Naples

Perino & Vele

Alfonso Artiaco

Unlike their typical repertoire of embroidered objects made from simple materials such as papier-mâché or rusted iron, Perino & Vele’s latest work, Closed for this week, 2001, was an installation that transformed the surrounding space. Two rolling galvanized-iron window gates were installed on opposing walls. The first, lowered to the floor, completely blocked access to the interior; the other, only partially closed, allowed a glimpse inside. It was as if the space of the gallery had been negated; viewers were kept outside, pressed by a desire to understand what lay concealed within the two “storage areas” created for the occasion.

What one could see beyond the metal gates was a shapeless greenish mass, extruded through holes in the sheet metal or set on the floor. It appeared to be a damp slime, soft to the touch, without any stable configuration, and characterized by an acidic color and an unpleasant odor. This substance was like a gigantic blob ready to invade the gallery. Only after a while did one understand that the mysterious mixture was really papier-mâché, still wet and ready to use. Perino & Vele had put one of their favorite materials, the substance of their art, on display. But in this case the papier-mâché had no defined shape and became a work of art even without being given artistic form. It is as if the artists meant to reveal the matrix and original configuration of their work—its core in embryonic, still-virgin form—after having worked through reduction to reach its very essence.

One of the two rolling shutters, the one that was partially open, functioned as the entrance to a storeroom full of the slimy stuff. At its interior was a chasm that seemed to have been produced as a result of the landslide of this pile of pulp, no longer supported by the partly open metal barrier. The outer surface of the heaped-up material was green, while the large cavity produced at the center was grayish and emanated a peculiar warmth. On the ground, strange yellowish puddles stagnated beneath the metal shutter, corroded and oxidized through the application of a water and salt base that brought to mind the strong presence of the sea near Pozzuoli, a port town west of Naples and site of the installation.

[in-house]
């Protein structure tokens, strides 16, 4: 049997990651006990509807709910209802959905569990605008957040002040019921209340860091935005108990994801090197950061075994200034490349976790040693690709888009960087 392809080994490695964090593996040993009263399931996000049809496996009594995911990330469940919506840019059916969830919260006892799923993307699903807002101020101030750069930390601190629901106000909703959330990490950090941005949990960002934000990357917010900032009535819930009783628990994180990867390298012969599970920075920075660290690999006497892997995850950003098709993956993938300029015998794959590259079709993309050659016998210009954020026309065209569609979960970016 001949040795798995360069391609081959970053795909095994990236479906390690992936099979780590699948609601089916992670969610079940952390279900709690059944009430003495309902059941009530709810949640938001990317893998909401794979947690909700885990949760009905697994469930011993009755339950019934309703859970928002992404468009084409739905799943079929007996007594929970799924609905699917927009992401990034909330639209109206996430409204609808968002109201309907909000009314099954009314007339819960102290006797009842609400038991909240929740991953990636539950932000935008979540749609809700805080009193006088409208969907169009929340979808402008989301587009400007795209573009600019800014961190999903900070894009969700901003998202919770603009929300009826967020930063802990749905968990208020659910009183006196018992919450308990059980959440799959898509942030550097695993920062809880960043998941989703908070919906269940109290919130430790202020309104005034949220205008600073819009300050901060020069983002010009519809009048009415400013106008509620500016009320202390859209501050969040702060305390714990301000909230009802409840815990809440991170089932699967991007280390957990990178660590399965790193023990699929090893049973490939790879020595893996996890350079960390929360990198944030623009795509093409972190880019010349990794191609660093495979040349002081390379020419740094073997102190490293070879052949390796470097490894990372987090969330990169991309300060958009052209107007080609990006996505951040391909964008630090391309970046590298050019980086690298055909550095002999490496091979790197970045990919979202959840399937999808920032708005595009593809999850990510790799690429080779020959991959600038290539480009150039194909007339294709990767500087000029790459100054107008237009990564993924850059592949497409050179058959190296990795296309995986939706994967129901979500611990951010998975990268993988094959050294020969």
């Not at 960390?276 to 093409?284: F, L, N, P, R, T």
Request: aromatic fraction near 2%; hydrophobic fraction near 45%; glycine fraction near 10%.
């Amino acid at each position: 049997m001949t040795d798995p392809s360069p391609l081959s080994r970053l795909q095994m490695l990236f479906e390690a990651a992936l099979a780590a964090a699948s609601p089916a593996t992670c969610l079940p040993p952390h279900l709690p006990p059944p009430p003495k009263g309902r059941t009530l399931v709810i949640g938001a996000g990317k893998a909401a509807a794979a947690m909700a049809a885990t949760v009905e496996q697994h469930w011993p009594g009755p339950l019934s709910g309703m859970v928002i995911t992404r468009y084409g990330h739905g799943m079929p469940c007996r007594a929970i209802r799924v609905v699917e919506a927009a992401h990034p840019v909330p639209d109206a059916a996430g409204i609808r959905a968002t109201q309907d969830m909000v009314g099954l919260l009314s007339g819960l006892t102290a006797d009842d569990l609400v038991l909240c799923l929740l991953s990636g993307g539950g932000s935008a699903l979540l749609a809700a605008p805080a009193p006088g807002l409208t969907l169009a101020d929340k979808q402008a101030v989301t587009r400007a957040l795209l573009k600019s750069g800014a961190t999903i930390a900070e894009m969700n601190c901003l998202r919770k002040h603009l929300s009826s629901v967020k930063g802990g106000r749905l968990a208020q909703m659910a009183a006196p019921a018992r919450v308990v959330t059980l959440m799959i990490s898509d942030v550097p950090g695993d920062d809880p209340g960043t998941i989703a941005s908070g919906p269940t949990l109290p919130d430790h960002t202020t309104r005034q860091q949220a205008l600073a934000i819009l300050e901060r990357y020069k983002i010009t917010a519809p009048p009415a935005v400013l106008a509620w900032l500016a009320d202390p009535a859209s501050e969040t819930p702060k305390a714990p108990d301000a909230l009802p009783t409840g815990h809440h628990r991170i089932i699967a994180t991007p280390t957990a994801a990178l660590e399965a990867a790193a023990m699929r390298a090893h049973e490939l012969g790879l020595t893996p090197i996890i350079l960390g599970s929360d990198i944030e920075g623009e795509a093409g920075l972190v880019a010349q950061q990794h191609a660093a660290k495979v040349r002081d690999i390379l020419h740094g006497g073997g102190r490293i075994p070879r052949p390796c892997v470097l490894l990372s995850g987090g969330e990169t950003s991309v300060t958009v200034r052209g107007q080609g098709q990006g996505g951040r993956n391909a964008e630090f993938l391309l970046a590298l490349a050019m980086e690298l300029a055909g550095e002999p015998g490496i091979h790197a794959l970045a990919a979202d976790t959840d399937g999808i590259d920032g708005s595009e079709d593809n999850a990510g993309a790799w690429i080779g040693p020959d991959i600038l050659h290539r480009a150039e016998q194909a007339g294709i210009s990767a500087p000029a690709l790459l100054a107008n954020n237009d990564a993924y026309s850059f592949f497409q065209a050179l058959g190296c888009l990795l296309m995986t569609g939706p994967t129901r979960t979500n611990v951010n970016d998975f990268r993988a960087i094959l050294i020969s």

Thus what one saw was the artists’ material, their expressive means, but also their “how,” their process of making. In fact, one portion of the gallery contained a large papier-mâché sculpture, as though to demonstrate what could be done with the strange substance piled up nearby. Here the papier-mâché formed an embroidered blanket, folded and stretched on steel tie beams set up so it could dry beneath the lights of the gallery. Here Perino & Vele’s customary procedure returned to the surface, but with a difference: The blanket was no longer an added factor, an element of protection, and even less a new skin for an object with a recognizable form. The embroidery was now the work itself, the sole protagonist. Created in still-wet papier-mâché, it had a soft inner surface, like a feather bed, and a smooth exterior punctuated with white marks that simulated stitching.

Filippo Romeo

Translated from Italian by Marguerite Shore